View Full Version : D&D 5e/Next Companion System for 5e - Handling Player Allies in Combat With No Clutter

2018-06-14, 05:13 PM
For a long time I've struggled with my players have temporary companions, allies in combat. They take up space on the battlemat, and a lot of time in Initiative, getting a full suite of actions and movement.

For the current story arc of my campaign the players have the opportunity to gain a lot of companions, mostly because it's a bit of an endurance fest and they need the help. My table has atendency to run slow combats anyway, so this seemed like a nightmare. Instead, I developed an alternate system for handling companions and it's worked really well so far, so I thought I'd share it with you guys.

Basically, each Companion can be "attached" to a PC. Companions have no actions or movement, and don't have a "space" on the battlemap. Essentially, they're mechanically treated as equipment, and are always considered to be "with" the player they're attached to. Companions have a set amount of HP, and a smaller number in parentheses, which is how much they regain during a Short Rest. Whenever a player would take damage, they can use their reaction to Redirect the damage to their companion. For each die of damage, the companion loses 1 HP. So if, for example, a player is hit with a Greatsword for 10 (2d6+3) damage, they can use their reaction to cause their Companion to take 2 damage instead. Similarly, if you want to heal a companion, they recover 1 HP per die of healing. If something for some reason would cause damage or healing without dice, such as a Life Cleric's Channel Divinity, I use an average of 5 per die. Companions also incur Disadvantage on Stealth checks made by the PC they're attached to, to represent another character sneaking alongside them.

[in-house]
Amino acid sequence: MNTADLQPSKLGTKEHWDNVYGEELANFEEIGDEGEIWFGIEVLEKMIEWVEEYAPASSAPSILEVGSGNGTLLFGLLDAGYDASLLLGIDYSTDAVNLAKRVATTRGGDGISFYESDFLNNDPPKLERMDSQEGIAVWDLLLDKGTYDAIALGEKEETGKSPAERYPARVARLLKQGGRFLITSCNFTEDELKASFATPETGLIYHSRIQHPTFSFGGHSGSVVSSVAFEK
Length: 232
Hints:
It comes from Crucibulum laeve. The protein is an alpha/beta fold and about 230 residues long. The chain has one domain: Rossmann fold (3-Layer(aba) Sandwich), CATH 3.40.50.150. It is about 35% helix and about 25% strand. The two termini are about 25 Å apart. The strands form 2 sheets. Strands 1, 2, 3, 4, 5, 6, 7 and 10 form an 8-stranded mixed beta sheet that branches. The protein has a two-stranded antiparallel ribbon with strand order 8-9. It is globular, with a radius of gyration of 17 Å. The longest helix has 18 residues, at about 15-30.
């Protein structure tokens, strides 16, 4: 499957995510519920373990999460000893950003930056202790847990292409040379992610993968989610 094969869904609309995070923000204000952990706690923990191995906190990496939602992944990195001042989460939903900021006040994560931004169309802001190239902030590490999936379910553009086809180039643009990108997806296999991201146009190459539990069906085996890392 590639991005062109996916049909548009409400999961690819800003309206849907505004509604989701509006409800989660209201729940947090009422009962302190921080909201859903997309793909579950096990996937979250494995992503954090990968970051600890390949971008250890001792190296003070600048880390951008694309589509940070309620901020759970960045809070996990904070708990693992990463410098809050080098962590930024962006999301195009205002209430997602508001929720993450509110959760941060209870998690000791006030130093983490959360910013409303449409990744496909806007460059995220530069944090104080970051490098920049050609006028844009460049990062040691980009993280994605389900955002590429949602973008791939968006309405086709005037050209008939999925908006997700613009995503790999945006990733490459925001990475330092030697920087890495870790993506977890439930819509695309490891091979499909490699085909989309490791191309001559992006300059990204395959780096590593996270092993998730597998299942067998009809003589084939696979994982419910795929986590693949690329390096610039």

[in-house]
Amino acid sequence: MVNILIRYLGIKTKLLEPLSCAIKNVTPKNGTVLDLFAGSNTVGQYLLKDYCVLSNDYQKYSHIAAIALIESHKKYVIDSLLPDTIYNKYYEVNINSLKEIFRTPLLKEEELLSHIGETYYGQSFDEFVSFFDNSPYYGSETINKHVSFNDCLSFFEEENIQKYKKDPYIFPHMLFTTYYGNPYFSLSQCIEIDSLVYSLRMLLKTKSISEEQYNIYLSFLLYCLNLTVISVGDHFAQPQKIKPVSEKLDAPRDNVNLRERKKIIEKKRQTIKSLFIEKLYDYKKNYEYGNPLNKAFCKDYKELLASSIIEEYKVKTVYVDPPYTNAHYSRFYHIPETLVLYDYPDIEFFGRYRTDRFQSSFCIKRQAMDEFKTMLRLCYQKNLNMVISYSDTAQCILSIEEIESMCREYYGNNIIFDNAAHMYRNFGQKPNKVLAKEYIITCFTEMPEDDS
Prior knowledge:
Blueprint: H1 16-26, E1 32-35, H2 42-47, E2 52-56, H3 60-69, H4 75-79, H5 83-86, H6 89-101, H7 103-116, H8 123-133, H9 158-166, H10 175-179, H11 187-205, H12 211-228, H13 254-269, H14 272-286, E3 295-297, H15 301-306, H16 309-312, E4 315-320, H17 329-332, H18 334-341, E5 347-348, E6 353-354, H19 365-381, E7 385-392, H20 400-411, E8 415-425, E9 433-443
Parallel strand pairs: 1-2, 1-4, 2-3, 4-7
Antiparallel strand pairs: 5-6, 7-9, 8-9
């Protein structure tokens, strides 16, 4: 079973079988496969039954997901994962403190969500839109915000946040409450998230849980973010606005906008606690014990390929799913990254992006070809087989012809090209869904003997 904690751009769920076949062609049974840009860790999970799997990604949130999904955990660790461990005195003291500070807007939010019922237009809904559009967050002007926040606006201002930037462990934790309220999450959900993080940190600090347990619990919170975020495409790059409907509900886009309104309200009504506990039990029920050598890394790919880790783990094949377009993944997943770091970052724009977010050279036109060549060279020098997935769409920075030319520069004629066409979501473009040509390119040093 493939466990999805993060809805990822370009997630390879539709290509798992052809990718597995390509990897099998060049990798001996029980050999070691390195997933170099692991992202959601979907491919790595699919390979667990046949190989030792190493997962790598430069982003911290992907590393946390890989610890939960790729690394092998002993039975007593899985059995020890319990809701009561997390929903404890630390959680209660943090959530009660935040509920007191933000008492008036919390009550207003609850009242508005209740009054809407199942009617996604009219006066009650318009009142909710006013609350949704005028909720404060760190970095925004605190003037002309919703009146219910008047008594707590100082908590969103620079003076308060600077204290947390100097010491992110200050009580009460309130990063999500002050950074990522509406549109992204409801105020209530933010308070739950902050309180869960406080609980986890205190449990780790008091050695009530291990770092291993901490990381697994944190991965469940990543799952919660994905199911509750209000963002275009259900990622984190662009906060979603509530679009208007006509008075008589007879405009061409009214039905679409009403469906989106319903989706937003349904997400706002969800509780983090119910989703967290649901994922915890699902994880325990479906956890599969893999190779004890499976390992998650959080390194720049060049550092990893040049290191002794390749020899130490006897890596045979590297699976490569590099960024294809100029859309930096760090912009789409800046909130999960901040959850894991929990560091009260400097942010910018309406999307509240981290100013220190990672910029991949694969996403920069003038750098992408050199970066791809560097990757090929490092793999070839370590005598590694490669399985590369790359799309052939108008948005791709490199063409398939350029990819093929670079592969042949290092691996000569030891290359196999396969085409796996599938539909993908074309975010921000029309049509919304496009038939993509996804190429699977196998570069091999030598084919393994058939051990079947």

Most companions have some sort of 'active' effect they can do, most commonly Helping Hand or Hail of Arrows. These 'active' effects enhance a player's attack, and can be used once per turn, regardless of how many attacks that character can make.

Most of the companions I have presented here are soldiers in the military, and have varying power levels based on their rank. This also means that most of them tend to be more martial than magic or really innovative, but I think you can do a lot with this system outside of just "you do more damage because your ally hits when you hit." You can also add some character elements to the Companions, such as penalties if they're scared of something, or maybe they're greedy and demand some payment.

Because I used this for my home campaign, I didn't bother to cite the images or anything for these, but they can all be found by googling the character's core concept like "brass dragonborn", "female gnome wizard", or "halfling rogue".

https://drive.google.com/file/d/1BqAVYYJ_iCEPxvOQq-6qkVBl3KSvIXJH/view?usp=sharing Google Doc

https://www.gmbinder.com/share/-LEstU7mHItEg2SGeeJC GM Binder